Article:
Blog Posts (1)
January 27, 2014
This post is part of The Bioethics Program’s Online Symposium on the Munoz and McMath cases. To see all symposium contributions, in reverse chronological order, click here.
by Michelle N. Meyer, J.D., Ph.D.
Assistant Professor and Director of Bioethi...
June 19, 2013 3:05 pm
Many workers are routinely fired or forced to take unpaid leave in the U.S. after asking for basic accommodations during their pregnancy.
July 2, 2012 3:32 pm
This is not science. It is a gender witchhunt, and it is foul play. This is why experts in sports, gender, and bioethics – and those battling discrimination against female and LGBT athletes – have been mobilizing against this policy ever since its basic shape was announced last year. What’s really driving these policies is suspicion of women perceived as gender “deviant”. We see this all too often in women’s sports when women athletes monitor and denigrate their peers who “play like men” or look too masculine.
June 18, 2012 6:51 pm
The Mental Health Policy Group from the London School of Economics said three-quarters of people with depression or anxiety got no treatment. The committee of senior academics and medical professionals described this as a “real scandal”. Care Services Minister Paul Burstow said mental health should be treated as seriously as physical health issues.
May 9, 2012 10:21 am
At least 20 deaths of football players with sickle cell trait have been reported since 1974. As part of a settlement with Lloyd’s family in 2009, the National Collegiate Athletic Association (NCAA) agreed to screen all athletes for sickle cell trait. But does this policy make good medical sense, or does it discriminate against athletes with sickle cell trait and unnecessarily exclude them from sports? Lainie Friedman Ross, MD, PhD, the Carolyn and Matthew Bucksbaum Professor of Clinical Medical Ethics, recently surveyed pediatricians and sports medicine providers about the NCAA policy and found conflicting responses to these questions.
May 4, 2012 1:35 pm
To put it bluntly, should hospitals hire employees who are overweight? A hospital in Texas, Citizens Medical Center, has said that it is not going to hire anybody — doctors, health staff, nurses — who is overweight. For them, that means a body mass index of over 35 kg/m2; or in other words, for a 5’10″ man, if you weigh more than about 250 lb, you wouldn’t get hired at this particular Texas facility.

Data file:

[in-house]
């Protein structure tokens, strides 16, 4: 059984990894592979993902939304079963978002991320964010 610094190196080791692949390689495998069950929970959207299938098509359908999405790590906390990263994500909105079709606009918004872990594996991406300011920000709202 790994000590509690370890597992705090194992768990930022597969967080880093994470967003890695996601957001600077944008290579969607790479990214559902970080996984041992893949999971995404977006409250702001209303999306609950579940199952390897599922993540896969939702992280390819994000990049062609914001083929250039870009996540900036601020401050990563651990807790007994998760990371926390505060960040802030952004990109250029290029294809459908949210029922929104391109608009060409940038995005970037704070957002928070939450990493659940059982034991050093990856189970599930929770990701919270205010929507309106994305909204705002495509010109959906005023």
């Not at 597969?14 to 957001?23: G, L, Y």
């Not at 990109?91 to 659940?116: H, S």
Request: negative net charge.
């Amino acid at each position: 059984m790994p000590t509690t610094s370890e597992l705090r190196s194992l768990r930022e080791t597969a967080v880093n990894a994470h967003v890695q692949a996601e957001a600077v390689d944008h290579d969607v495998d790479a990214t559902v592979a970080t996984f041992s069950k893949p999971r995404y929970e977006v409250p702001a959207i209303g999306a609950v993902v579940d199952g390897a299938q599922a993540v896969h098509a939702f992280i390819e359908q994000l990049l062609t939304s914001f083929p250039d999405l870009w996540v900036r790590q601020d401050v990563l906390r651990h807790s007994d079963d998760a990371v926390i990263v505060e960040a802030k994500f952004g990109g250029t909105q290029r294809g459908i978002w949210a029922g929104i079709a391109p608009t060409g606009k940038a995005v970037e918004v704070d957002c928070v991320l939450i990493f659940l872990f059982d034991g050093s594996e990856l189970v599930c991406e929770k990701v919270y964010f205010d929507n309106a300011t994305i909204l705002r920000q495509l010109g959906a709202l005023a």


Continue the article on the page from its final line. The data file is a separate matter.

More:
April 30, 2012 2:19 pm
A majority of doctors in a United Kingdom survey supported measures to deny non-emergency medical services to smokers and the obese, The Observer newspaper reported Sunday. Although the survey by the networking website doctors.net.uk was a self-selecting poll, the site’s chief executive called the response “a tectonic shift” for the profession. The results feed into a British debate about “lifestyle rationing” by the National Health Service, the Observer reported.
April 30, 2012 10:31 am
During my surgical training, whenever the conversation turned to relationships, one of my colleagues would always joke about his inability to get a date, then abruptly change the subject. I thought he might be gay but never asked him outright, because it didn’t seem important. But one morning, while we working at the nurses’ station with several of the other doctors-in-training, I realized it was important, because at the hospital, he really couldn’t be himself.
April 24, 2012 10:45 am
After giving the gift of life, a New York mom received her worst nightmare in return. To help her boss move up the transplant waiting list, Debbie Stevens, 47, donated her kidney to a man in Missouri, enabling her employer to secure a perfect match from someone in San Francisco, the New York Post reported Monday in an exclusive story. Stevens told the New York Post that her boss, Jackie Brucia, 61, put the pressure on for her to return to work soon after the procedure even though she didn’t feel well enough.
April 10, 2012 11:06 pm
Citizens Medical Center is, by most measures, a respected and respectable hospital. A non-profit, their mission is to serve their community of South Texas. And in their mission, they’ve been mostly successful, appearing on Thomas Reuters’ list of top 100 American hospitals three times over the past decade.